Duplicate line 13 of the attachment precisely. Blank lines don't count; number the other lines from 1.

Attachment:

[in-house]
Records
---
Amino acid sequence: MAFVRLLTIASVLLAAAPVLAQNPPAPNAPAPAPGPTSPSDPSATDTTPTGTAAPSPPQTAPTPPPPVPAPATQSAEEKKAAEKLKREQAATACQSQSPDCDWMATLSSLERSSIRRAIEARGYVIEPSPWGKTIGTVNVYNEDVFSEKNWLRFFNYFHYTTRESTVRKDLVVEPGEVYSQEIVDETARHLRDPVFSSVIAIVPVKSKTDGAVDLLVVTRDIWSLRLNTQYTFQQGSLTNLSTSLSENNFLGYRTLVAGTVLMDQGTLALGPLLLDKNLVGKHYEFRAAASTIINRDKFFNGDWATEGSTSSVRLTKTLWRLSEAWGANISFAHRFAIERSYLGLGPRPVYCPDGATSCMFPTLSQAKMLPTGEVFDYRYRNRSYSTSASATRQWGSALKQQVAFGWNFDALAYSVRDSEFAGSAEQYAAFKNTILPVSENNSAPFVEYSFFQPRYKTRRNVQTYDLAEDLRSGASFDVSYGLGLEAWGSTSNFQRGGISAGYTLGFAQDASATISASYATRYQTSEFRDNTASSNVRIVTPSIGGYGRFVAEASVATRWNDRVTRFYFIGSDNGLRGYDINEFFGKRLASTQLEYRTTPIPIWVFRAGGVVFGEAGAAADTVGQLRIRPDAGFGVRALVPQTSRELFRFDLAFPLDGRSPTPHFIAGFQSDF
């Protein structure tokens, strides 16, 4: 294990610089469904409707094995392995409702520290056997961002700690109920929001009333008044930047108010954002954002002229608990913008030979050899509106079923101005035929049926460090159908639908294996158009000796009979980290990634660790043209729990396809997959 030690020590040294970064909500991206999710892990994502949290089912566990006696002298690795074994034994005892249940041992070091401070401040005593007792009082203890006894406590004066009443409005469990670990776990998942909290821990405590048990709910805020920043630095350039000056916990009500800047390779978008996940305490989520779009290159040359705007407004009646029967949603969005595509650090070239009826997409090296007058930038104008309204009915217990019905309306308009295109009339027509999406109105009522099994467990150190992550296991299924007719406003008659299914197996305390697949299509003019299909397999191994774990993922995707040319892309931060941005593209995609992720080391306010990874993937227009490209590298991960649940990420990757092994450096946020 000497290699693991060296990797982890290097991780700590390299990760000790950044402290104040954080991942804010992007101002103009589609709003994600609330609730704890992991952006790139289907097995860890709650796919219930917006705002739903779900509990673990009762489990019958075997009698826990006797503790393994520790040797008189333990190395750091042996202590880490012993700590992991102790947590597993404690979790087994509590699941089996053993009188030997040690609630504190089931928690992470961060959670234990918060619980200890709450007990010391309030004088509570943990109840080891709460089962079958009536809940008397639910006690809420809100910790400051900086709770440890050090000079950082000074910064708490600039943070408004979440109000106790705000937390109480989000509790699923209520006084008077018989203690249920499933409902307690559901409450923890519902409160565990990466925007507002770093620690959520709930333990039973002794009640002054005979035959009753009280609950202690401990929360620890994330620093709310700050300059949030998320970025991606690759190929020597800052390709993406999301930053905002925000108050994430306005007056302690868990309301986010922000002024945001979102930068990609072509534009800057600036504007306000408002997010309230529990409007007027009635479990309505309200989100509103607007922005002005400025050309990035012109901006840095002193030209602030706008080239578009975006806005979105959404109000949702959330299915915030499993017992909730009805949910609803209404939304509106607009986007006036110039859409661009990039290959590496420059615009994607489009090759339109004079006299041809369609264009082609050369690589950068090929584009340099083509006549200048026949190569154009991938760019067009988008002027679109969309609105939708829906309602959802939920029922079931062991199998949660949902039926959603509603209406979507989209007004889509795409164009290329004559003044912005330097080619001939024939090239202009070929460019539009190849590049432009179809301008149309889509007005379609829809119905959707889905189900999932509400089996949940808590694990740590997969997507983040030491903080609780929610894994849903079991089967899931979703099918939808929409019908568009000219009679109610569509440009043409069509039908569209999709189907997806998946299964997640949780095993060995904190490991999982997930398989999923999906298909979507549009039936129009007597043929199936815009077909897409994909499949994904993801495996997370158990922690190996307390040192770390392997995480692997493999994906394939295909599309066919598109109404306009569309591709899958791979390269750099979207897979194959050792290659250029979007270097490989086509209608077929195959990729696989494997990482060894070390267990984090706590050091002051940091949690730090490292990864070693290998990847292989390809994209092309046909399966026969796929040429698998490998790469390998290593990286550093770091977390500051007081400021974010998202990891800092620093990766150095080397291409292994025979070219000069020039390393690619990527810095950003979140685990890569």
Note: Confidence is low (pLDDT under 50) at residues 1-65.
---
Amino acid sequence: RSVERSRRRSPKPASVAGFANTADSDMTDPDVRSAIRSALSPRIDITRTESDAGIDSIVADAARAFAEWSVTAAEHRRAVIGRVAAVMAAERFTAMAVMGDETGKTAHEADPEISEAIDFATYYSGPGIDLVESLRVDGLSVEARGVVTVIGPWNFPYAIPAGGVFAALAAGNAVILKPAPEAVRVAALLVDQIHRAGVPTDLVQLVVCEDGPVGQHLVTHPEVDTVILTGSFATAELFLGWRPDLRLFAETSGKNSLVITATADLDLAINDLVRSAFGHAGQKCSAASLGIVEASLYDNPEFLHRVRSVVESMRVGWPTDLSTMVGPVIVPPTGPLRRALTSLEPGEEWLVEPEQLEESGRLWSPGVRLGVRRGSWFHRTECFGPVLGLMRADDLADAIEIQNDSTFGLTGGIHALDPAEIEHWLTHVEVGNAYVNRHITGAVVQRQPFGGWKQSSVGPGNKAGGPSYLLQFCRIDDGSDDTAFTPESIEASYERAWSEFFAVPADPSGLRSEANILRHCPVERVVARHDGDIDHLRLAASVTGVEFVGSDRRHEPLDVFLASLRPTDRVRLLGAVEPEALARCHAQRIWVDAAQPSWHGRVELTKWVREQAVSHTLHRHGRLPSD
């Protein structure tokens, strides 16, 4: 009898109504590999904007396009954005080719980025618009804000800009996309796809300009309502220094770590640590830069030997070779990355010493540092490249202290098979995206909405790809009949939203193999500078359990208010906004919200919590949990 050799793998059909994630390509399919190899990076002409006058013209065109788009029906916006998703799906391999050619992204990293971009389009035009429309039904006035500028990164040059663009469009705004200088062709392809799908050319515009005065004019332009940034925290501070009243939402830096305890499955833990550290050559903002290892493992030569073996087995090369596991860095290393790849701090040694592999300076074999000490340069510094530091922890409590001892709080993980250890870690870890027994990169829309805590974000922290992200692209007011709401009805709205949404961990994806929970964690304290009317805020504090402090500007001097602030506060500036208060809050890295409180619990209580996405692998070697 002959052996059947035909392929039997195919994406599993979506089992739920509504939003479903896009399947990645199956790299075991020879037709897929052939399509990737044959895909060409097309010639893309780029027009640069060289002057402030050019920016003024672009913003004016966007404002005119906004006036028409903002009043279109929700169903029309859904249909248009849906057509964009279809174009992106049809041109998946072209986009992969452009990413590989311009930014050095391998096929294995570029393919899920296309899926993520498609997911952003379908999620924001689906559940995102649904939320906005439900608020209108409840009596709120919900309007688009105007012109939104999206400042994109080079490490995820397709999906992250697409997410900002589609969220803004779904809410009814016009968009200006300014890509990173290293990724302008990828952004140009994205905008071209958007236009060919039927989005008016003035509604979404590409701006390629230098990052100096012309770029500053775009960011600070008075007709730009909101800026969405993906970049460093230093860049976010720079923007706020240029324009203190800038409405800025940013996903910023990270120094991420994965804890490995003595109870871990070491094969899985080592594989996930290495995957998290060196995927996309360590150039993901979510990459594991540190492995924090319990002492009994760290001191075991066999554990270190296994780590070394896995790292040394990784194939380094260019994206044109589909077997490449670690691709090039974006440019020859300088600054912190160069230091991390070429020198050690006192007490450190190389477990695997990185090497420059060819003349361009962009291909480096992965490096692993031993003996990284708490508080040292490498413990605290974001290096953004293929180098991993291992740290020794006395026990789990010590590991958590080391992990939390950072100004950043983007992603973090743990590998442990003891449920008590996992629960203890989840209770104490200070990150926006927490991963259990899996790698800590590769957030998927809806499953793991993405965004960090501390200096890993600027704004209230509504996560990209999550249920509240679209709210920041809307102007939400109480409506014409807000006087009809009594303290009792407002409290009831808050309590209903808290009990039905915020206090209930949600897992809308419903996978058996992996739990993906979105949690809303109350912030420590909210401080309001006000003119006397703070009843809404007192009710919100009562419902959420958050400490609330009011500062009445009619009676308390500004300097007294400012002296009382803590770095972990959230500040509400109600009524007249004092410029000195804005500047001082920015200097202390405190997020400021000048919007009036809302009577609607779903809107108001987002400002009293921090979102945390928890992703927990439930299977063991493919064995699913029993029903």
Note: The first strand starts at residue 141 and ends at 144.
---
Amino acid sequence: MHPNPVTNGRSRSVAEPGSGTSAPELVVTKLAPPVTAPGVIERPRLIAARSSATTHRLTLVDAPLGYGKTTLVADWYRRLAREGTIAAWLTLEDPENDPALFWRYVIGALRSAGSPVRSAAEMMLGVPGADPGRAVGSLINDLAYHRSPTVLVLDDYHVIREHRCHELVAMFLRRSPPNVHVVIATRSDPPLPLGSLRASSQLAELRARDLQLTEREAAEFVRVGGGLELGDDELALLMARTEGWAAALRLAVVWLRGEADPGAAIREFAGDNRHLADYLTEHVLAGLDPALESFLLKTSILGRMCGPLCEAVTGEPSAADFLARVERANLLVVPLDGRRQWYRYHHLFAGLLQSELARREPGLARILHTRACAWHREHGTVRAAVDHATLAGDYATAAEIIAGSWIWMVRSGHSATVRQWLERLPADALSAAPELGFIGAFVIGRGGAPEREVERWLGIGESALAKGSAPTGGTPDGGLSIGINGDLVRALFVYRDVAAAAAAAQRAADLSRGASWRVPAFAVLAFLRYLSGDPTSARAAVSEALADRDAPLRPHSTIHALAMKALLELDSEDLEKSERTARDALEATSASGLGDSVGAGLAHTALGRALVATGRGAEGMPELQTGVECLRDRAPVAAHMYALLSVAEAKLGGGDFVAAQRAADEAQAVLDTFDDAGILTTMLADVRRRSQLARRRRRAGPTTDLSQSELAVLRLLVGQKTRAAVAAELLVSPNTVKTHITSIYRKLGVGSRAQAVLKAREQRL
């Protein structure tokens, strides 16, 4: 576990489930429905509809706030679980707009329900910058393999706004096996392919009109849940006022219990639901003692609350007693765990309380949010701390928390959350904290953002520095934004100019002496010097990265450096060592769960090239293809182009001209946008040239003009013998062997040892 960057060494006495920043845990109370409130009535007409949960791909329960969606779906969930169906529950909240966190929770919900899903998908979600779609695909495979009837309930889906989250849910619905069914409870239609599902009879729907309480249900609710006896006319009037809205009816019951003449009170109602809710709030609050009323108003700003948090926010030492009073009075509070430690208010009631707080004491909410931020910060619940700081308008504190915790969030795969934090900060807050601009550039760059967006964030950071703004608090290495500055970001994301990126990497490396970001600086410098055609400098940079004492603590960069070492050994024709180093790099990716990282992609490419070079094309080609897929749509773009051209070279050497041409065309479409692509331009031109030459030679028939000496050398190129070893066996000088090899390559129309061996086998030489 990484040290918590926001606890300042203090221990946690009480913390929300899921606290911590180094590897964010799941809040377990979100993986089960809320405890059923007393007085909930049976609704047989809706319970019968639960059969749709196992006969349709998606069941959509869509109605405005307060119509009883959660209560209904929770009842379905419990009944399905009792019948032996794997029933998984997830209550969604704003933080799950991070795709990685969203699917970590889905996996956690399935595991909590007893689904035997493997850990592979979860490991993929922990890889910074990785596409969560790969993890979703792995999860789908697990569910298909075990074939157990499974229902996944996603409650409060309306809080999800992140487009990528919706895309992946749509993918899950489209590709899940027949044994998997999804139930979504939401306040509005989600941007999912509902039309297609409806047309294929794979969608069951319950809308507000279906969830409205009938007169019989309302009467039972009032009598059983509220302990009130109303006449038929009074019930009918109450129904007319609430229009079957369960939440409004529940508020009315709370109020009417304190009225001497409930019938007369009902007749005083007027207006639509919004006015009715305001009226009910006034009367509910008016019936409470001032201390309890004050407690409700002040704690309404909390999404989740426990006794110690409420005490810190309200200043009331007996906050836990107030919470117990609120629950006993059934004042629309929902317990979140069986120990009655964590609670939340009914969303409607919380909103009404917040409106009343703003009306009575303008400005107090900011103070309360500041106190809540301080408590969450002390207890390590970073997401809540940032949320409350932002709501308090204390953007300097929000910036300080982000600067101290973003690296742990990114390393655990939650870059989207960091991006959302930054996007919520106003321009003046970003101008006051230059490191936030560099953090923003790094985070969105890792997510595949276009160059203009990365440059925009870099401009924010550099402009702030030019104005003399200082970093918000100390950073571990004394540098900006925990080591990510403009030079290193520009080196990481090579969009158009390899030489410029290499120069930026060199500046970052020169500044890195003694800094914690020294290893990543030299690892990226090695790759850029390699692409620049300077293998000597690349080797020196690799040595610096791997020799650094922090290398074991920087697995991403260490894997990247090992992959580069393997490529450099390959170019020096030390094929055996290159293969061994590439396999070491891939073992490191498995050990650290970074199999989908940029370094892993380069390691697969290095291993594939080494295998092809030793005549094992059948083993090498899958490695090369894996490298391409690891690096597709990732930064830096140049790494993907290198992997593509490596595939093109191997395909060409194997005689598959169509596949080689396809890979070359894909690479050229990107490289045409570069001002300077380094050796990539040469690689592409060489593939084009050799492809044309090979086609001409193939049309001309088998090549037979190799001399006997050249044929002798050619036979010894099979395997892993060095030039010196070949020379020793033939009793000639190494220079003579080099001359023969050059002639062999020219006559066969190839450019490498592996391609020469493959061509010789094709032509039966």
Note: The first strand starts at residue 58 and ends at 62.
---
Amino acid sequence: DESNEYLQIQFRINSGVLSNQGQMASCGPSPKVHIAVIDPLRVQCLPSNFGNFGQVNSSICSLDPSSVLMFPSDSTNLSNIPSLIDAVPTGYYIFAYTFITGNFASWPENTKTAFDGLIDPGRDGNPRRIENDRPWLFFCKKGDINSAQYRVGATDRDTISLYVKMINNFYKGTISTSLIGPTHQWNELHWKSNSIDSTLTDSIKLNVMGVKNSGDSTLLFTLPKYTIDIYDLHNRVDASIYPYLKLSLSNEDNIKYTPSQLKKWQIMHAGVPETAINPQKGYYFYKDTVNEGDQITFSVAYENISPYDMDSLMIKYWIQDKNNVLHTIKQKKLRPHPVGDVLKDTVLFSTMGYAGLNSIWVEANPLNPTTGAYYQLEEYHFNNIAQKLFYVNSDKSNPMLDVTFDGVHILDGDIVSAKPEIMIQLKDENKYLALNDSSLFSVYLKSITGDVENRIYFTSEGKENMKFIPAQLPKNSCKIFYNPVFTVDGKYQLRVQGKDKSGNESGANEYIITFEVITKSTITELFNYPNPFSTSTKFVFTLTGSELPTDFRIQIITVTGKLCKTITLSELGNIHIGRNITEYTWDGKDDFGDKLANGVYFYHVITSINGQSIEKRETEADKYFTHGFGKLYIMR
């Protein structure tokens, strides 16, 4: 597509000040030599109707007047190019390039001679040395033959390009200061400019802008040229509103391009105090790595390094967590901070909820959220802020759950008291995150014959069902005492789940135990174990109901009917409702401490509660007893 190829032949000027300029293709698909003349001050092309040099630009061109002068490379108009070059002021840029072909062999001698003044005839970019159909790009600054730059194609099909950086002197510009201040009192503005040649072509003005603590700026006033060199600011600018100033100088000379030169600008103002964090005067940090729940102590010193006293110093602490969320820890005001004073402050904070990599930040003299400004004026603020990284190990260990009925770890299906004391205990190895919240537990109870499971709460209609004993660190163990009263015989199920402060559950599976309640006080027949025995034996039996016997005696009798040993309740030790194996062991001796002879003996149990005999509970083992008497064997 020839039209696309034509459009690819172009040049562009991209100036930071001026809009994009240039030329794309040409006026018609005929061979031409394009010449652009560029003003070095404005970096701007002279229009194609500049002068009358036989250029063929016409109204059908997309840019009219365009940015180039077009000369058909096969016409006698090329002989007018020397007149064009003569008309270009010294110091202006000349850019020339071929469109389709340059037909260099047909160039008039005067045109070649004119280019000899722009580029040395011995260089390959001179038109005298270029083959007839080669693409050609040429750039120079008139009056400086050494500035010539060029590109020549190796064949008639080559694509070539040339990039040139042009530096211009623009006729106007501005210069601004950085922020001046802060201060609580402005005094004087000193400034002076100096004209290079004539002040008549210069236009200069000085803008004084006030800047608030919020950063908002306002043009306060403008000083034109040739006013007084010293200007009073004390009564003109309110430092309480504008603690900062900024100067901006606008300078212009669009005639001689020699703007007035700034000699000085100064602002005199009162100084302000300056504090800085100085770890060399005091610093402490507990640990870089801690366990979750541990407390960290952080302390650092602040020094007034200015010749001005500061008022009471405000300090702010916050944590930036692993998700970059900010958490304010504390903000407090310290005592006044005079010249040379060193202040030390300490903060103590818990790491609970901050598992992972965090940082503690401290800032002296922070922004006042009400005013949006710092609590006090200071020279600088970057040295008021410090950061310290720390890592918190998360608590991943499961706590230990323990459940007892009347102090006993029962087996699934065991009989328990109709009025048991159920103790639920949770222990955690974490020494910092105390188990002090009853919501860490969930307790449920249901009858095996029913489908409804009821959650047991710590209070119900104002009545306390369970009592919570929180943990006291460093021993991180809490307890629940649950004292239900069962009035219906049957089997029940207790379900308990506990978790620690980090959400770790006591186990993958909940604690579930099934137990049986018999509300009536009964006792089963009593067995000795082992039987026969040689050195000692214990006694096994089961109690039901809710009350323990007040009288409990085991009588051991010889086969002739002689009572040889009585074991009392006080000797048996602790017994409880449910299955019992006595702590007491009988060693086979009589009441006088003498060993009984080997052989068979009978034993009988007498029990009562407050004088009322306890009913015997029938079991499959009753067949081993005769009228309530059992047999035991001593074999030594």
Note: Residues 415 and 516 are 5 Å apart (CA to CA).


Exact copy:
């Protein structure tokens, strides 16, 4: 576990489930429905509809706030679980707009329900910058393999706004096996392919009109849940006022219990639901003692609350007693765990309380949010701390928390959350904290953002520095934004100019002496010097990265450096060592769960090239293809182009001209946008040239003009013998062997040892 960057060494006495920043845990109370409130009535007409949960791909329960969606779906969930169906529950909240966190929770919900899903998908979600779609695909495979009837309930889906989250849910619905069914409870239609599902009879729907309480249900609710006896006319009037809205009816019951003449009170109602809710709030609050009323108003700003948090926010030492009073009075509070430690208010009631707080004491909410931020910060619940700081308008504190915790969030795969934090900060807050601009550039760059967006964030950071703004608090290495500055970001994301990126990497490396970001600086410098055609400098940079004492603590960069070492050994024709180093790099990716990282992609490419070079094309080609897929749509773009051209070279050497041409065309479409692509331009031109030459030679028939000496050398190129070893066996000088090899390559129309061996086998030489 990484040290918590926001606890300042203090221990946690009480913390929300899921606290911590180094590897964010799941809040377990979100993986089960809320405890059923007393007085909930049976609704047989809706319970019968639960059969749709196992006969349709998606069941959509869509109605405005307060119509009883959660209560209904929770009842379905419990009944399905009792019948032996794997029933998984997830209550969604704003933080799950991070795709990685969203699917970590889905996996956690399935595991909590007893689904035997493997850990592979979860490991993929922990890889910074990785596409969560790969993890979703792995999860789908697990569910298909075990074939157990499974229902996944996603409650409060309306809080999800992140487009990528919706895309992946749509993918899950489209590709899940027949044994998997999804139930979504939401306040509005989600941007999912509902039309297609409806047309294929794979969608069951319950809308507000279906969830409205009938007169019989309302009467039972009032009598059983509220302990009130109303006449038929009074019930009918109450129904007319609430229009079957369960939440409004529940508020009315709370109020009417304190009225001497409930019938007369009902007749005083007027207006639509919004006015009715305001009226009910006034009367509910008016019936409470001032201390309890004050407690409700002040704690309404909390999404989740426990006794110690409420005490810190309200200043009331007996906050836990107030919470117990609120629950006993059934004042629309929902317990979140069986120990009655964590609670939340009914969303409607919380909103009404917040409106009343703003009306009575303008400005107090900011103070309360500041106190809540301080408590969450002390207890390590970073997401809540940032949320409350932002709501308090204390953007300097929000910036300080982000600067101290973003690296742990990114390393655990939650870059989207960091991006959302930054996007919520106003321009003046970003101008006051230059490191936030560099953090923003790094985070969105890792997510595949276009160059203009990365440059925009870099401009924010550099402009702030030019104005003399200082970093918000100390950073571990004394540098900006925990080591990510403009030079290193520009080196990481090579969009158009390899030489410029290499120069930026060199500046970052020169500044890195003694800094914690020294290893990543030299690892990226090695790759850029390699692409620049300077293998000597690349080797020196690799040595610096791997020799650094922090290398074991920087697995991403260490894997990247090992992959580069393997490529450099390959170019020096030390094929055996290159293969061994590439396999070491891939073992490191498995050990650290970074199999989908940029370094892993380069390691697969290095291993594939080494295998092809030793005549094992059948083993090498899958490695090369894996490298391409690891690096597709990732930064830096140049790494993907290198992997593509490596595939093109191997395909060409194997005689598959169509596949080689396809890979070359894909690479050229990107490289045409570069001002300077380094050796990539040469690689592409060489593939084009050799492809044309090979086609001409193939049309001309088998090549037979190799001399006997050249044929002798050619036979010894099979395997892993060095030039010196070949020379020793033939009793000639190494220079003579080099001359023969050059002639062999020219006559066969190839450019490498592996391609020469493959061509010789094709032509039966």